Witch’s Night Out

The greatest Halloween special of all time is It’s The Great Pumpkin, Charlie Brown. On that point there can be no debate. Close behind it is Disney’s Halloween Treat/A Disney Halloween. Far behind them is an NBC special I caught just once when I was a kid called Witch’s Night Out.

I don’t remember much about this special, but I do remember it was disturbing. The art was disturbing. I’ve always been a little uneasy with anything that wasn’t Disney or Charlie Brown. Don Bluth made me a little uncomfortable, Ralph Baskshi even more so, but this one really scared me. The story disturbed me as well. A witch turns some kids and their baby sitter into real monsters. I had security issues as a kid, and that story line really triggered them. I kept worrying about what would happen to the kids, how they would get back to normal. Even the kids’ names disturbed me. They were called Small and Tender, and their babysitter was named Bazooey. Everything about this special was scary to me.

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So I guess Witch’s Night Out isn’t the best Halloween special around, but it is the scariest. Scary for the wrong reasons, unfortunately, but undeniably scary.

A Disney’s Halloween Treat

Because of the interest generated by the Legends of Sleepy Hollow post, we decided to repost this article. Hope you enjoy it…again.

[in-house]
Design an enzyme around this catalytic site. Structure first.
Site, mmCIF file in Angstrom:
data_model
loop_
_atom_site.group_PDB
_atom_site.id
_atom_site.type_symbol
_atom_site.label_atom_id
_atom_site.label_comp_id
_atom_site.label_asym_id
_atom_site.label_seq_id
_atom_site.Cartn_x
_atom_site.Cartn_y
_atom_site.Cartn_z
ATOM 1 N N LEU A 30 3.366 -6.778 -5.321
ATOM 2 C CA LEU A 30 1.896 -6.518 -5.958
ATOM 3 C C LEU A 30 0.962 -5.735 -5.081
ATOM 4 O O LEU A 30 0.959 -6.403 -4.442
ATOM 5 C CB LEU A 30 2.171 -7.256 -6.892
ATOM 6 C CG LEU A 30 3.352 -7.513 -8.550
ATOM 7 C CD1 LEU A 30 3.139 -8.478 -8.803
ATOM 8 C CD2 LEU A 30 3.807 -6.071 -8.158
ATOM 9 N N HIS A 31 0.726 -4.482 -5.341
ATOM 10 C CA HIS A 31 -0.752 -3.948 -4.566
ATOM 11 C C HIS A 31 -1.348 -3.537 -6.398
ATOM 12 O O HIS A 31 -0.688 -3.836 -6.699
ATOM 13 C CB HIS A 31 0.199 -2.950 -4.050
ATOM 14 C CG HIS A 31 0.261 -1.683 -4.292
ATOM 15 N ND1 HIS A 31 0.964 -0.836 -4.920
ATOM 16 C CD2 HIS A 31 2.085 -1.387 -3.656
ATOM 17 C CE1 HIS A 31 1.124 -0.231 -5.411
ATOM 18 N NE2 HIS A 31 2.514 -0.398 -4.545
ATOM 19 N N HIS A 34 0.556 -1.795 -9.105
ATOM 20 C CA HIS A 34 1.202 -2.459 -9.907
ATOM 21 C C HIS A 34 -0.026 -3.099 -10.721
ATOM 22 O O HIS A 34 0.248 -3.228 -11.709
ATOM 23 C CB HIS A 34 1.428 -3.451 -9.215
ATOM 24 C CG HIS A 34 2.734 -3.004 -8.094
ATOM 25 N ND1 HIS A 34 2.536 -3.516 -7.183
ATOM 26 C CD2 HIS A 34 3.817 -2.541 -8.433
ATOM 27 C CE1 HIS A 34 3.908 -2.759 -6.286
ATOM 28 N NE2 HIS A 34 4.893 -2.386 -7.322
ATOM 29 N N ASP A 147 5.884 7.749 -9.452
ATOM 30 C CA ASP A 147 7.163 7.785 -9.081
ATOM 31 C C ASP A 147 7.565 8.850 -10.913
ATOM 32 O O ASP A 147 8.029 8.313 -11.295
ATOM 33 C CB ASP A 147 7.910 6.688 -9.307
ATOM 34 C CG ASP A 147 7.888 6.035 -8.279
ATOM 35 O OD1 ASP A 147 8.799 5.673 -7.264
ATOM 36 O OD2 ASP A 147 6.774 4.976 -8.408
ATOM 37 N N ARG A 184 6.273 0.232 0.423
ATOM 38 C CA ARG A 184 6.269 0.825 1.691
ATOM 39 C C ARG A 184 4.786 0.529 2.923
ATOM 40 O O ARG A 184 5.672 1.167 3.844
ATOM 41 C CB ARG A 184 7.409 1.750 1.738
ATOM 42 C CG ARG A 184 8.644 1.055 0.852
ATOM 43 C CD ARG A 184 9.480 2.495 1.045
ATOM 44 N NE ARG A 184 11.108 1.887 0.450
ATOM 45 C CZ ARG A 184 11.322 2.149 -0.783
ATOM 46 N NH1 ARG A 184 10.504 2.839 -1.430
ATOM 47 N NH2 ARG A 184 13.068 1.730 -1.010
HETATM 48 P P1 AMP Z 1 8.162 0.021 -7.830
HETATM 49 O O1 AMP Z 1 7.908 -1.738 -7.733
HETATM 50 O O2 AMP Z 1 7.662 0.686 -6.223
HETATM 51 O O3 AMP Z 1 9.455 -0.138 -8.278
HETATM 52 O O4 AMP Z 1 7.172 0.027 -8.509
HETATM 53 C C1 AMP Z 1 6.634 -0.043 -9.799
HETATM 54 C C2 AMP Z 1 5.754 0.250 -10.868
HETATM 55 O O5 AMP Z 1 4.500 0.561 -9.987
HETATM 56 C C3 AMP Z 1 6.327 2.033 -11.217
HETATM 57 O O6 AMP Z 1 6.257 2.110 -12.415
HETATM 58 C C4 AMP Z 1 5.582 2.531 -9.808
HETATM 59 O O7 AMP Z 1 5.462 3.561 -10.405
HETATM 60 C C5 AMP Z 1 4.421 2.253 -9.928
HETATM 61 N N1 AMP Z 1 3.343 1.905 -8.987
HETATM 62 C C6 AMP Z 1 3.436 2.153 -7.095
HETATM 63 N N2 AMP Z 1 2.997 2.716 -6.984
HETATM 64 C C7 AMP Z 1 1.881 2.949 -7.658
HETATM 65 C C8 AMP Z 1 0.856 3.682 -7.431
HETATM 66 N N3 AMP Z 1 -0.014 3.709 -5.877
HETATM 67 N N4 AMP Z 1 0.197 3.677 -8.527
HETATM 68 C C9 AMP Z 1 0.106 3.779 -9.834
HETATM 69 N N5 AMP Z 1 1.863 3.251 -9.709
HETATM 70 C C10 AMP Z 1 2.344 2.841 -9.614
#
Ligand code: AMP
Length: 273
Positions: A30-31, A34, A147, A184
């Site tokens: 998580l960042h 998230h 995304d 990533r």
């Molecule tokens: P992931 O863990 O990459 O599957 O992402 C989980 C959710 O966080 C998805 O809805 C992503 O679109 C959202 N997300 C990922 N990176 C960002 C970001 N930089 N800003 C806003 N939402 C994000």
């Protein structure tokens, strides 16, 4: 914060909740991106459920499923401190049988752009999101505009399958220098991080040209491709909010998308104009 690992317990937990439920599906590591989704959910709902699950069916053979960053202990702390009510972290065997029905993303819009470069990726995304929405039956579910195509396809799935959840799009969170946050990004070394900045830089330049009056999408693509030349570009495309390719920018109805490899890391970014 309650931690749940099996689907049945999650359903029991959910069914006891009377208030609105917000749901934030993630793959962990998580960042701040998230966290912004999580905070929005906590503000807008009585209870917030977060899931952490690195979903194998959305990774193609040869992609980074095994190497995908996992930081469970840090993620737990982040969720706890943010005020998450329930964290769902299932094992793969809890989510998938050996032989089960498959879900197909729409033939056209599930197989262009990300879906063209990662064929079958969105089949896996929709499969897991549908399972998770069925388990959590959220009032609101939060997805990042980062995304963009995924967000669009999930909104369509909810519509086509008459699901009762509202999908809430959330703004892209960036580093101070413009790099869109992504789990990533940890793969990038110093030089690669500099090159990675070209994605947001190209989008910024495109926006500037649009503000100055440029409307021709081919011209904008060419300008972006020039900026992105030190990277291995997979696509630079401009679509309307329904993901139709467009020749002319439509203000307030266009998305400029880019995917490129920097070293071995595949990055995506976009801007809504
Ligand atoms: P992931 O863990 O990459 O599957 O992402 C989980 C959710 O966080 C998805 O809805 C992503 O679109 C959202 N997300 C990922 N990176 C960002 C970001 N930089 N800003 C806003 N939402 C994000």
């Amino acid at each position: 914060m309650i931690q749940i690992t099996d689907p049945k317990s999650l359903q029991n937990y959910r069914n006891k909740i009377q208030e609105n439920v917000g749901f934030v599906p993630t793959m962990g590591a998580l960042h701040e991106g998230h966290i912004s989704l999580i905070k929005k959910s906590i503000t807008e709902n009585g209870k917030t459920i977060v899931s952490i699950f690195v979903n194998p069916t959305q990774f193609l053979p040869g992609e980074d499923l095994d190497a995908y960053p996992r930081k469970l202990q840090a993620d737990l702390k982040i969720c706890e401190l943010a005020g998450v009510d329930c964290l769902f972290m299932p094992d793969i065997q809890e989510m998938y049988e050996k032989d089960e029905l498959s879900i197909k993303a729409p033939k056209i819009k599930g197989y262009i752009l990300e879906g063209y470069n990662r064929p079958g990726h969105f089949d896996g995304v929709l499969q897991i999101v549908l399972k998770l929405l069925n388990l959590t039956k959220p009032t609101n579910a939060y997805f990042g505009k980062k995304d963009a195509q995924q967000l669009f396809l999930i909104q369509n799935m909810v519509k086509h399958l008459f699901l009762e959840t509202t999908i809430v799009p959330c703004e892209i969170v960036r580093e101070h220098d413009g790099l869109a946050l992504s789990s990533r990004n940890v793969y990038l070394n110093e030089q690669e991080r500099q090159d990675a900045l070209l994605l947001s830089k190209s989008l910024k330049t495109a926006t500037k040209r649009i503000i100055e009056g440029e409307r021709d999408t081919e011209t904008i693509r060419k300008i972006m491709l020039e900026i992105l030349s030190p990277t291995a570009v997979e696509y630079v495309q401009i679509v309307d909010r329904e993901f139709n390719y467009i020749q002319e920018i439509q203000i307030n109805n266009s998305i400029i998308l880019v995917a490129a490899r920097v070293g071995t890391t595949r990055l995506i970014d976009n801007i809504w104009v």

I had just returned from a productive night of trick-or-treating and had hunkered down in front of the TV to survey my sugary stash. I soon realized, though, that there was something on the TV even more interesting than candy. It was a show that featured scary or spooky clips from various Disney movies. “Wow,” I thought, “they’ve taken all the good parts of Disney movies and put them together in one show.” And that is indeed what they had done. The end result was a special called A Disney Halloween.


Besides spooky clips from movies like Sleepy Beauty, 101 Dalmatians, and The Lady And The Tramp, this special also featured “Night On Bald Mountain” from Fantasia (probably the most demonic clip Disney ever produced), “The Old Mill” and “The Skeleton Dance” from Silly Symphonies, “The Truth About Cats” (probably the second most demonic clip Disney ever produced), “Donald Duck And The Gorilla”, “Pluto’s Judgment”, and, best of all, “Lonesome Ghosts” and “Trick or Treat”, two of my all-time favorite cartoon shorts. The special was preceded by the “Wonderful World of Disney” opening and a gag with Michael Eisner and the Mickey and Minnie Mouse characters, and it started with an original song called “Disney’s Halloween Treat”, a song that was played over several shots from Disneyland’s “Haunted Mansion”. All told, it is undeniably the single greatest collection of every piece of Disneyana that is even the slightest bit Halloweenish.


The odd thing about this collection is that it exists in two forms. There is A Disney Halloween which is hosted by the Magic Mirror and which I saw on that night so many years ago, and there is also Disney’s Halloween Treat, a shorter version which is hosted by the talking jack-o-lantern from a short called Disney’s Haunted Halloween and not only leaves out much that was in A Disney Halloween but also replaces much with the The Legend Of Sleepy Hallow.